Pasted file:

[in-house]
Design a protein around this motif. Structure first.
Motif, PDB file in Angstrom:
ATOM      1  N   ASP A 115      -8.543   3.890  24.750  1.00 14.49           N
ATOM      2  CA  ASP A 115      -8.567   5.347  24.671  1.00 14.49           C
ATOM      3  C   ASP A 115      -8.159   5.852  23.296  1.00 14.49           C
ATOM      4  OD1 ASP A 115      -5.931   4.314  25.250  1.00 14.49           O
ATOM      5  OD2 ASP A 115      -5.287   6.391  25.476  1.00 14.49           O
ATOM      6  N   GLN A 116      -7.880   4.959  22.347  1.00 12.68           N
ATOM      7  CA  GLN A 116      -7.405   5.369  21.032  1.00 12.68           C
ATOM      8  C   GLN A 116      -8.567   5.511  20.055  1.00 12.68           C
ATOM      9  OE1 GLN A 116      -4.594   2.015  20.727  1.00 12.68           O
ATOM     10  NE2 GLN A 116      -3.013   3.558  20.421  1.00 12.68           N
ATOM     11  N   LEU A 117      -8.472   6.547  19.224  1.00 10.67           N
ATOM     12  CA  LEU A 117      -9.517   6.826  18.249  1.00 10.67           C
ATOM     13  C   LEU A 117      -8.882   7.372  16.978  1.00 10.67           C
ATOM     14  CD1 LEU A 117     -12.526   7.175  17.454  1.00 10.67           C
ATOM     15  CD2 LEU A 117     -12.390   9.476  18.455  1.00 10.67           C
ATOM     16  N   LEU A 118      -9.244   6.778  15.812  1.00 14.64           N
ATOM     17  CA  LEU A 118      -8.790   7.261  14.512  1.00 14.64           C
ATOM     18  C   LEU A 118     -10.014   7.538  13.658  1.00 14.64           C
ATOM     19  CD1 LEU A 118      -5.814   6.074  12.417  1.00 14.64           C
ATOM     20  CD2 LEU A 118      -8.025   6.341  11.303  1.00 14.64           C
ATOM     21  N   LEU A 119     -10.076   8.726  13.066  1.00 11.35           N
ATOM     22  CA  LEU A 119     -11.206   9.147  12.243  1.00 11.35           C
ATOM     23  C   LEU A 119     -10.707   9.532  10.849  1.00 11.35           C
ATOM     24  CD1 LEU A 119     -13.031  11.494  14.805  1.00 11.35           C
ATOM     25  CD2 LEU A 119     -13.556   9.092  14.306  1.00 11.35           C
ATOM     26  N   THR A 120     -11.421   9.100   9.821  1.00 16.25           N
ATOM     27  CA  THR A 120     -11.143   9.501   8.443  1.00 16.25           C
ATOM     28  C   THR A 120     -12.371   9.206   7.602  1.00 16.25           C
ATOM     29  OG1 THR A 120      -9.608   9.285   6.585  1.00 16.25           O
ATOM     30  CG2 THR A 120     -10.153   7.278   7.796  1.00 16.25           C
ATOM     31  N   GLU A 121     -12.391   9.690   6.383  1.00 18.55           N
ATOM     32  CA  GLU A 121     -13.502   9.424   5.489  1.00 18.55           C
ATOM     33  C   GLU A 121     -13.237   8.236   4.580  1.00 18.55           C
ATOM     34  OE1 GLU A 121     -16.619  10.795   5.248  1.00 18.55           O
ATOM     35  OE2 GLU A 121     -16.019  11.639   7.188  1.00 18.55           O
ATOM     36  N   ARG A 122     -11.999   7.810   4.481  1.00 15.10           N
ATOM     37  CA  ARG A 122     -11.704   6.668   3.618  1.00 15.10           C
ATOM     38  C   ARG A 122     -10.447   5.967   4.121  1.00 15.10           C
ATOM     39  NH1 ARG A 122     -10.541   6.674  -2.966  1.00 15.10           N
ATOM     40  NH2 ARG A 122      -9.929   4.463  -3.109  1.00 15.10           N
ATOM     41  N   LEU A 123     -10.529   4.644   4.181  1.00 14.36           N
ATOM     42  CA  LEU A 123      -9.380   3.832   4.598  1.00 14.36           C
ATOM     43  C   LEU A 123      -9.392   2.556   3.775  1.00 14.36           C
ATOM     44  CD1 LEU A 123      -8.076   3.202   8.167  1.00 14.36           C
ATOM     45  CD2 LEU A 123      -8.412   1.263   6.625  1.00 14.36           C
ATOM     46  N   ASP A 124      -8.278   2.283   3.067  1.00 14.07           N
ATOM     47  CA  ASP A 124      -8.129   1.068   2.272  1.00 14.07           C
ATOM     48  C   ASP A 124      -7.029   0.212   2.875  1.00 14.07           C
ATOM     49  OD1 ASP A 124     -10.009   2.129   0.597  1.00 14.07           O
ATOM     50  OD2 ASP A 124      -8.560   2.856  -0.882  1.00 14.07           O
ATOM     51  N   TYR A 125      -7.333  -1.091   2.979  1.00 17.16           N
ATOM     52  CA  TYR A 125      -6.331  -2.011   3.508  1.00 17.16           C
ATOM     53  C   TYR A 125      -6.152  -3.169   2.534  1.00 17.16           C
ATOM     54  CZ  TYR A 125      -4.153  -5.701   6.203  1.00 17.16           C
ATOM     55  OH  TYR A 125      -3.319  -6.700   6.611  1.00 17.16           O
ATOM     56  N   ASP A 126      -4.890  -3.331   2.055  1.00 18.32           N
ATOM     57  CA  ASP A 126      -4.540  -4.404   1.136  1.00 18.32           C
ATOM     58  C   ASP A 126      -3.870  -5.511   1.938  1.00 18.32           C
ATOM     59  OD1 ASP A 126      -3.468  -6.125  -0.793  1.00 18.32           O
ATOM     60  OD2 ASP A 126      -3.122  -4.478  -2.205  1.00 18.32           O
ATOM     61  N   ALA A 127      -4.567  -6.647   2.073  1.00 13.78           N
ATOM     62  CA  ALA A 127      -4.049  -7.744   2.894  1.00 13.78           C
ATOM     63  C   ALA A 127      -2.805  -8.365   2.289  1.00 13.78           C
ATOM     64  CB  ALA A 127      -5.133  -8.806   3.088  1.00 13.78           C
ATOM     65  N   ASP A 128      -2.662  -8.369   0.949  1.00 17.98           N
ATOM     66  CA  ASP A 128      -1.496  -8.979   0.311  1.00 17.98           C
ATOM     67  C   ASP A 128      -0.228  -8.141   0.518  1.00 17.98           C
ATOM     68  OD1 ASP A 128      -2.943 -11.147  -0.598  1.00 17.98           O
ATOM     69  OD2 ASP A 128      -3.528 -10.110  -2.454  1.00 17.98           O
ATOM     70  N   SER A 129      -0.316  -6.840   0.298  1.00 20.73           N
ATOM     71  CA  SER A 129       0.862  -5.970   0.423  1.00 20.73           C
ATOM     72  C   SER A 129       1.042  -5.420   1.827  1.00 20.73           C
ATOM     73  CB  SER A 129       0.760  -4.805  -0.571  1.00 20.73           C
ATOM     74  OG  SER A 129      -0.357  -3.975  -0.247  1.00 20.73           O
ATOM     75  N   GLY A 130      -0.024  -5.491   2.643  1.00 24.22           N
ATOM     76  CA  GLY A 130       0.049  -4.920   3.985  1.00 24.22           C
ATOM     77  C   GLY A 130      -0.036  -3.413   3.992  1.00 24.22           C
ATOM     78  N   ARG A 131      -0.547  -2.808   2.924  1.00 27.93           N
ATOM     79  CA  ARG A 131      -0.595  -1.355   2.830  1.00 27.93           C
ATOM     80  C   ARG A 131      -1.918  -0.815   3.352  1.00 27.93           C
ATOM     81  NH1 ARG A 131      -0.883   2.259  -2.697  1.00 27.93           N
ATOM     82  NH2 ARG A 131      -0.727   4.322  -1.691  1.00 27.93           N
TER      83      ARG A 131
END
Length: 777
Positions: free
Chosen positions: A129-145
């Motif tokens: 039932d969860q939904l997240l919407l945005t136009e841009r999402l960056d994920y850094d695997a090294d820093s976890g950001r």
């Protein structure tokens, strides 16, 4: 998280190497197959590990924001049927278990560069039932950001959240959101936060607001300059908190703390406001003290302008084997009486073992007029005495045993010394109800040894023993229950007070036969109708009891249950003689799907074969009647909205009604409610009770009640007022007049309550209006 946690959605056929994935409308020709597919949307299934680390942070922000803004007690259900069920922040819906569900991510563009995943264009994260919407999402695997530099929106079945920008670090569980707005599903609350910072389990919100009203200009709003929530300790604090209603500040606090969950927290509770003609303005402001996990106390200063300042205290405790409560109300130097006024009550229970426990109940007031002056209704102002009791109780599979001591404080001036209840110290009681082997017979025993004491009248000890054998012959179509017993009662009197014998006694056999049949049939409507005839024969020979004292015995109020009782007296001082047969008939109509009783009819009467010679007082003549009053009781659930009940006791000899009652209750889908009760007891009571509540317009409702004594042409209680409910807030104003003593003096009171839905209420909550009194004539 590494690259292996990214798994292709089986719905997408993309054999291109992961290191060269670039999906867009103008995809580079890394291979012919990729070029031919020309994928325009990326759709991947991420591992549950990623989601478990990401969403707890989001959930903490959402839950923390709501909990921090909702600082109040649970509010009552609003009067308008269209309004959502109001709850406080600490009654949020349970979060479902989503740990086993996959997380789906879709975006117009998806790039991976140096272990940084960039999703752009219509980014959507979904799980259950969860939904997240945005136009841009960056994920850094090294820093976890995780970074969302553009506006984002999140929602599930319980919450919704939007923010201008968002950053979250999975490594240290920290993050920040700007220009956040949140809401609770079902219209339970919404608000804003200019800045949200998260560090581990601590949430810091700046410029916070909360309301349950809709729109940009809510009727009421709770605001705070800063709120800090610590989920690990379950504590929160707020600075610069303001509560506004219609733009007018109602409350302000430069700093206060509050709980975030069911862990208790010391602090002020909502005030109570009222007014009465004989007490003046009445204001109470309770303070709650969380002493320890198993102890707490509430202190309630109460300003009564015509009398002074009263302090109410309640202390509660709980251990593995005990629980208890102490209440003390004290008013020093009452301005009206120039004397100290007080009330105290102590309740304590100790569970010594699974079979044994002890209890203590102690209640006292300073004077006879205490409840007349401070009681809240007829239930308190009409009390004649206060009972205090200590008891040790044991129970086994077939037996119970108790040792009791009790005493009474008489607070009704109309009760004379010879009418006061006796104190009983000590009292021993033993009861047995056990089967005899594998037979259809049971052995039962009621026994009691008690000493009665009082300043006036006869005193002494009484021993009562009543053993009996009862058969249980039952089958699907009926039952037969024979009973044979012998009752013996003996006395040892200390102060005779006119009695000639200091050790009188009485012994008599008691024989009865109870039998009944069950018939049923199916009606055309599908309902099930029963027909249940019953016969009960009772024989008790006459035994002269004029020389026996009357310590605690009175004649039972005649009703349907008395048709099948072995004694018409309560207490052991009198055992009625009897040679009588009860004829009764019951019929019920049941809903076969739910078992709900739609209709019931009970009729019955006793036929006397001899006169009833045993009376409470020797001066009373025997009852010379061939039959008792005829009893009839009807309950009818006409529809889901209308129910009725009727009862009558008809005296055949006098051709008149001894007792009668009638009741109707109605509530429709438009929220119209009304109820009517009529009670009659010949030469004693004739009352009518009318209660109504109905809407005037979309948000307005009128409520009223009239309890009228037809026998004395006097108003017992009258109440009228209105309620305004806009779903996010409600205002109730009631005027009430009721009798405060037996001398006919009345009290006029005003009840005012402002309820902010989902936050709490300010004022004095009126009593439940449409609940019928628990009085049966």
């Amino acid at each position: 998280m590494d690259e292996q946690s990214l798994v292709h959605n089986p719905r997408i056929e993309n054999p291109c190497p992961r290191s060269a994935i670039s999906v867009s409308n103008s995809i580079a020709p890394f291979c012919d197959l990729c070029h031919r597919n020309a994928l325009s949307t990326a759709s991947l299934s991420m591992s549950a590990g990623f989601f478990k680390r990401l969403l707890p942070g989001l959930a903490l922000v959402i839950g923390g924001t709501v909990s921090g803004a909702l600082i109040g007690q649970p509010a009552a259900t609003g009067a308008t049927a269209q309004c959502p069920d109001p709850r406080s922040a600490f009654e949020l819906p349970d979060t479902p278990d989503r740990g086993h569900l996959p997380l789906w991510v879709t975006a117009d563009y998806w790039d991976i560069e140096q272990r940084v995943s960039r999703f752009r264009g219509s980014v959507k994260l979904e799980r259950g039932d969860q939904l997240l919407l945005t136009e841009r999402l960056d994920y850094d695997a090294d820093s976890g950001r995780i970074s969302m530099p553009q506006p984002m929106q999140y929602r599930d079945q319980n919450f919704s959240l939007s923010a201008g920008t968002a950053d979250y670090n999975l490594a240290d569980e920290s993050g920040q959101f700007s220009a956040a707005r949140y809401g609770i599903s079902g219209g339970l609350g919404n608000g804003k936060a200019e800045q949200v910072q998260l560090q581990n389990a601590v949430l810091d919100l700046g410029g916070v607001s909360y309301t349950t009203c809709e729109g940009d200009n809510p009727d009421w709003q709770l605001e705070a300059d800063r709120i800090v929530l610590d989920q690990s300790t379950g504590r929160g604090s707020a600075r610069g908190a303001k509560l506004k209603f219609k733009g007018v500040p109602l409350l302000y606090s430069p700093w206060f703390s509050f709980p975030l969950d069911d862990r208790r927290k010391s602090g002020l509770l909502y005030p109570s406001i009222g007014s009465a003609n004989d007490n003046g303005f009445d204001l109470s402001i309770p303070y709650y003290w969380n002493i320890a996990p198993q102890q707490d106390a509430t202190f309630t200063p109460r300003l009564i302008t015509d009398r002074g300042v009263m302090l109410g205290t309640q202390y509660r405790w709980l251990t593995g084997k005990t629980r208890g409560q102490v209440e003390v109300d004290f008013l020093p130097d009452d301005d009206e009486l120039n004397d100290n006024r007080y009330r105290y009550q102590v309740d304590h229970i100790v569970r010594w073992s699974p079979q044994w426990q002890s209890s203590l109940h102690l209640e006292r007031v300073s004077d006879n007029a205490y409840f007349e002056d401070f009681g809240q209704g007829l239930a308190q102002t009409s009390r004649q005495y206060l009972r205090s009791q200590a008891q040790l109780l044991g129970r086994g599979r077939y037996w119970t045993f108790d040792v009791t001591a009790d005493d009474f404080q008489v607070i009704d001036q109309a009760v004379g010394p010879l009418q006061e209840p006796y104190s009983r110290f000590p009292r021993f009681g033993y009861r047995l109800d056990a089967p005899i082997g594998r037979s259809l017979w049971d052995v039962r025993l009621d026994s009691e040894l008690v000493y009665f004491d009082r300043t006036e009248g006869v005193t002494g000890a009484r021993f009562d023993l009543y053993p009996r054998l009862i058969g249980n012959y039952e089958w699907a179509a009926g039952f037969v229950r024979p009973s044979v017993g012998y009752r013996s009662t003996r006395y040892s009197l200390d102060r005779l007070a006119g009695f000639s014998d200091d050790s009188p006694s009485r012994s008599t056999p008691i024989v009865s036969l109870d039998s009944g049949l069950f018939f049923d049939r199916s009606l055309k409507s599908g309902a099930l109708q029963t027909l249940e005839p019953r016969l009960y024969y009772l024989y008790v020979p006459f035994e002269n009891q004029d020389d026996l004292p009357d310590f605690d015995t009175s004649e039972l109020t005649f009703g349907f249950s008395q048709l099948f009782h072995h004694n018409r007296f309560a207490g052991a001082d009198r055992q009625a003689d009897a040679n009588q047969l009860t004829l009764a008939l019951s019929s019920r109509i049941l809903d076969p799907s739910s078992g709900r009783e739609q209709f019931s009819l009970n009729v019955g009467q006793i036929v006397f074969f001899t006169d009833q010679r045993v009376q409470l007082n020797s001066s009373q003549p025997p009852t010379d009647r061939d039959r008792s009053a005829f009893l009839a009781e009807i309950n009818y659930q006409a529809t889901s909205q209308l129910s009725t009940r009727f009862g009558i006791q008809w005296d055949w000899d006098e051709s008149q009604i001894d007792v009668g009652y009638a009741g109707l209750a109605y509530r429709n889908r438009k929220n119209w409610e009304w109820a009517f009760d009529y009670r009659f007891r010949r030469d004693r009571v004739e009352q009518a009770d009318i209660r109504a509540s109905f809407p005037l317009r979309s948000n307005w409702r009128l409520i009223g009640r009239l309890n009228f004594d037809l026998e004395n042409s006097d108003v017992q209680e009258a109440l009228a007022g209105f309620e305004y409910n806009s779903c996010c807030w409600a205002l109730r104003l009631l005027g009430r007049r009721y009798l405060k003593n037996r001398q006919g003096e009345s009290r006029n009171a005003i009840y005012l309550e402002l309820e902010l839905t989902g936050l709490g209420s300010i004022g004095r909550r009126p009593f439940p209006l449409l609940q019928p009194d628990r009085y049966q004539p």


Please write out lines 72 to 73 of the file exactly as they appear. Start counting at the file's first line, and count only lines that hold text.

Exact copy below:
ATOM     69  OD2 ASP A 128      -3.528 -10.110  -2.454  1.00 17.98           O
ATOM     70  N   SER A 129      -0.316  -6.840   0.298  1.00 20.73           N